"You know, some people have been trying to depict this production as some kind of sacrilege, and that's kind of funny for those of us who do understand the project and what your intentions are. I know some people who think you must be angry about that, but I imagine that you must see it as sort of amusing."
"Yes, yes, sacrilege, blasphemy, that is, that is very funny, it amuses me, it makes me laugh, mwahh-hahh!! It hits me in the whadadya whadadya whadaya call it the funny bone, that it where it hits me. Where it makes me laugh. Hey, Randy, how's that venison coming?"
"This is some hard terrain you're shooting in," I say, watching as the chaos at the river accelerates and a man dressed incongruously, in a long black cloak and black hat, strolls along the bank, taking notes. "Have any of the actors had trouble working under these conditons?"
"It's been, it's, it's been, what you say, a very lively, most unconventional shooting environment. For sure, it has. And people have reacted to in any number of surprising ways. Willem Dafoe, when he's not working, he mostly hides in his trailer, weeping and curled in the fetal position. David Bowie spent his first half hour on the set wandering around muttering something about Berlin, then joined Dafoe in his trailer. Harry Dean Stanton is talking about buying a house here."
The man in the long black cloak turns to face the tent. "Oh, no," mutters Scorsese. "Please don't look at me. You can be here, you can leave notes, you can watch the dailies, but please, please don't ever look at me, not like that..."
Sensing that this might be a representative of Scorsese's secret investor, I ask, "Who is that guy. Would it be all right if I talked to him?"
"Nggggggghhhhh!!, replies Scorsese, "I, I do not think, I would not suggest that you, I think that would be a very bad idea, am unfortunate idea, one that I would in fact urge you not to pursue. Please don't. I urge you, don't. And whatever you do, don't sign anything he gives you. " He turns and holds me by both my arms and, looking me in the eyes again, silently mouths the word, "Don't." Then he turns and looks again at the man in black, and murmurs, "I passed him yesterday when he was talking to Barbara Hershey. Something about Botox..." He seemes to shudder.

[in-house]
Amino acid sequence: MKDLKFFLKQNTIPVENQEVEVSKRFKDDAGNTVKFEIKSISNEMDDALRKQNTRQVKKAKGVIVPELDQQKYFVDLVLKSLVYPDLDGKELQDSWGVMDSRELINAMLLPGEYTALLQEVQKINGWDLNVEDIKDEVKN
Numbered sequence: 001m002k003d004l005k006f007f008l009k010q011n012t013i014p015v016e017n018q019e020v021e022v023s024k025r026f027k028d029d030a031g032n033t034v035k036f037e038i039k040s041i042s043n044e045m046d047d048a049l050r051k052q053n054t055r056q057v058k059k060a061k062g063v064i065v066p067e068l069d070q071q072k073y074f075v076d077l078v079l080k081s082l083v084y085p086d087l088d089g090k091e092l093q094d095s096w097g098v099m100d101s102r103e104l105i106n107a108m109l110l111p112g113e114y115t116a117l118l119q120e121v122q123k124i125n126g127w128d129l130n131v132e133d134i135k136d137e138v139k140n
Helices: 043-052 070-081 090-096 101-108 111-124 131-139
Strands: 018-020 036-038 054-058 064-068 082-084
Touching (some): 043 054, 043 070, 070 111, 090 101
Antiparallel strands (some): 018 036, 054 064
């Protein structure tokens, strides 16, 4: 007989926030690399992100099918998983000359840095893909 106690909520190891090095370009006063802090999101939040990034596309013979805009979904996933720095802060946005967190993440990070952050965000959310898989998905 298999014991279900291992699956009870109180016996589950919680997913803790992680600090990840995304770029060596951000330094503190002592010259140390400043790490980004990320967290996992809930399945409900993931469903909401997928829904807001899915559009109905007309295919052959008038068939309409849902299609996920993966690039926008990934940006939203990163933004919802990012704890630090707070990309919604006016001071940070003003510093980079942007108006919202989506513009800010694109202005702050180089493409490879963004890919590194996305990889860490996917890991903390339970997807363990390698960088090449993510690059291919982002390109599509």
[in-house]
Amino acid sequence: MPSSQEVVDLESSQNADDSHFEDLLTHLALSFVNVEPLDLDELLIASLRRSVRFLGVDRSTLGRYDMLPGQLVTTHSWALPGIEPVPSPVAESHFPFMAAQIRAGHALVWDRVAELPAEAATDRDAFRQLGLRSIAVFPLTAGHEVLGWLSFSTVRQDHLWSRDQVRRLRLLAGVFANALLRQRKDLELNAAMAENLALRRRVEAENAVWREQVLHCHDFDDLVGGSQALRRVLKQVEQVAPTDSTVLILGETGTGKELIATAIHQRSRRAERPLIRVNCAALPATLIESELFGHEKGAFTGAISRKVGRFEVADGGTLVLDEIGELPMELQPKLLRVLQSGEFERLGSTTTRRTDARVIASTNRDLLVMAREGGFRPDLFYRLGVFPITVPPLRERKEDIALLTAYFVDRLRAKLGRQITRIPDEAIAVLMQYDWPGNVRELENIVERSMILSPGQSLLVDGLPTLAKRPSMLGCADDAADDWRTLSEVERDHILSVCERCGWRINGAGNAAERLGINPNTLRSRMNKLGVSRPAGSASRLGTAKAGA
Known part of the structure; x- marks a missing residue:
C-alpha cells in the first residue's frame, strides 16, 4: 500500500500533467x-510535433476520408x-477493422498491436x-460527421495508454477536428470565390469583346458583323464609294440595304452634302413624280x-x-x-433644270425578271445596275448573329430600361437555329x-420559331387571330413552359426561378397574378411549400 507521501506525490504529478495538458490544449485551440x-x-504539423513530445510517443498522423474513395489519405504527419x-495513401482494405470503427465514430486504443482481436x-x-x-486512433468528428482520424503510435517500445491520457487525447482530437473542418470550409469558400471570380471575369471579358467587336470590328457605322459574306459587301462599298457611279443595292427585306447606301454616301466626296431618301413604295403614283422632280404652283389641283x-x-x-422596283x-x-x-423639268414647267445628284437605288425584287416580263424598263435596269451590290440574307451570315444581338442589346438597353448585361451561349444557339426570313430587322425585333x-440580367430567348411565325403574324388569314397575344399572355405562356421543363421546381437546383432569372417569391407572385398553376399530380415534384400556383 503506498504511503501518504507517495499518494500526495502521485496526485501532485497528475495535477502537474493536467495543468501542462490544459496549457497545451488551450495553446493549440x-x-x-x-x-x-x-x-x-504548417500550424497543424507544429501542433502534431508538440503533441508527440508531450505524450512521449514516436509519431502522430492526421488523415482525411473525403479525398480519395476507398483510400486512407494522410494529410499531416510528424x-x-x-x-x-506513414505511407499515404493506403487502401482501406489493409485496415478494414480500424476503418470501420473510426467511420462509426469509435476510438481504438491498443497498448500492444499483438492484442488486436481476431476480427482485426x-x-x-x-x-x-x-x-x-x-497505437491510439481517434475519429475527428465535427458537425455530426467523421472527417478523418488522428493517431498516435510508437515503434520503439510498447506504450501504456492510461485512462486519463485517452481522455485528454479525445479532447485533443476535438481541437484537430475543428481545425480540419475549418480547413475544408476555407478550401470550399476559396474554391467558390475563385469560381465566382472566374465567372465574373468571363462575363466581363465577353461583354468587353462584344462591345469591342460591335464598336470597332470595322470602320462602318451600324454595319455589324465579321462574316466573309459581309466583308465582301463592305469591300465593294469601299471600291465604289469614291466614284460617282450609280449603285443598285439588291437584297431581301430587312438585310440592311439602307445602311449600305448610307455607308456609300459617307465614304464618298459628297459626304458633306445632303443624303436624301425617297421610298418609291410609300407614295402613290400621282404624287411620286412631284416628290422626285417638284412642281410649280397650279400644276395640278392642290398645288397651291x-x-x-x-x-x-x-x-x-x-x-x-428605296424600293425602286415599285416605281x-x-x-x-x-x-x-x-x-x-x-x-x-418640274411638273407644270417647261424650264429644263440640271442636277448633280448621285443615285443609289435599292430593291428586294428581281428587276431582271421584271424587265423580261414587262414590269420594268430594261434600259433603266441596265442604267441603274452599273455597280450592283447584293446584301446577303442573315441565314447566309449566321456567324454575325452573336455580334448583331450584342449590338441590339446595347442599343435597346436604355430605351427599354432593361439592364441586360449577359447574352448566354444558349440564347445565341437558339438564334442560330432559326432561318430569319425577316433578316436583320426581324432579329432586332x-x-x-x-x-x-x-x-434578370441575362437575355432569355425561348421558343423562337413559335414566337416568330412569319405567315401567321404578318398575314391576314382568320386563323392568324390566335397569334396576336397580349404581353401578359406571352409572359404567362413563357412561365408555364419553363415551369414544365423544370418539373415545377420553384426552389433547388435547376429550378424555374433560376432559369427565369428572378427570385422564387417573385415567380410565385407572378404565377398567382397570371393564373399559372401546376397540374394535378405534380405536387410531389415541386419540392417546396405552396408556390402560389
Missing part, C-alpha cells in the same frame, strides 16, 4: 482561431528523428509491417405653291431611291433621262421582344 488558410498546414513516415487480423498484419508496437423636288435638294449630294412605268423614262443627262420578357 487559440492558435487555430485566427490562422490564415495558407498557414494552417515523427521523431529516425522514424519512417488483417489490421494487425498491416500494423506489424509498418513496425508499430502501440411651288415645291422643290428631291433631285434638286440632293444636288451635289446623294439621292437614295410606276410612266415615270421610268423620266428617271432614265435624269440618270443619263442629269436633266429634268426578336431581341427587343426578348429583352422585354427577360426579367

The sky, which was clear and bright, suddenly turns black and the sound of distant thunder is heard. "Good set of ears on him, that's for sure," says Scorsese.
"You've worked as an independent filmmaker and from deep inside the industry," I say. "Even this far into your career, you've sort of gone back and forth. Do you think you'll ever work this way again?"
"No. No no no no no no no no no, I do not forsee that happening," says Scorsese. "I cannot anticipate the project on which I would want to repeat this particular experience, so no. It's just that this one means a lot to me, you know? I am...provisionally obligated to do another picture with my financer, a picture of his choosing, but based on the suggestions that he's got up his sleeve, I am fairly comfortable in my hopes that the actuality will not materialize. I'm pretty sure. I think. I hope." For the third time, Martin Scorsese looks me in the face, but now his expression is different, beseeching, hopeful yet frightened. "You don't happen to know," he asks, "if it's true that the remake rights to Cape Fear are up for grabs?"
Sunday, July 19, 2009
22 Years Ago in the Screengrab: Nailing "The Last Temptation of Christ"
Posted by Phil Dyess-Nugent at 5:32 PM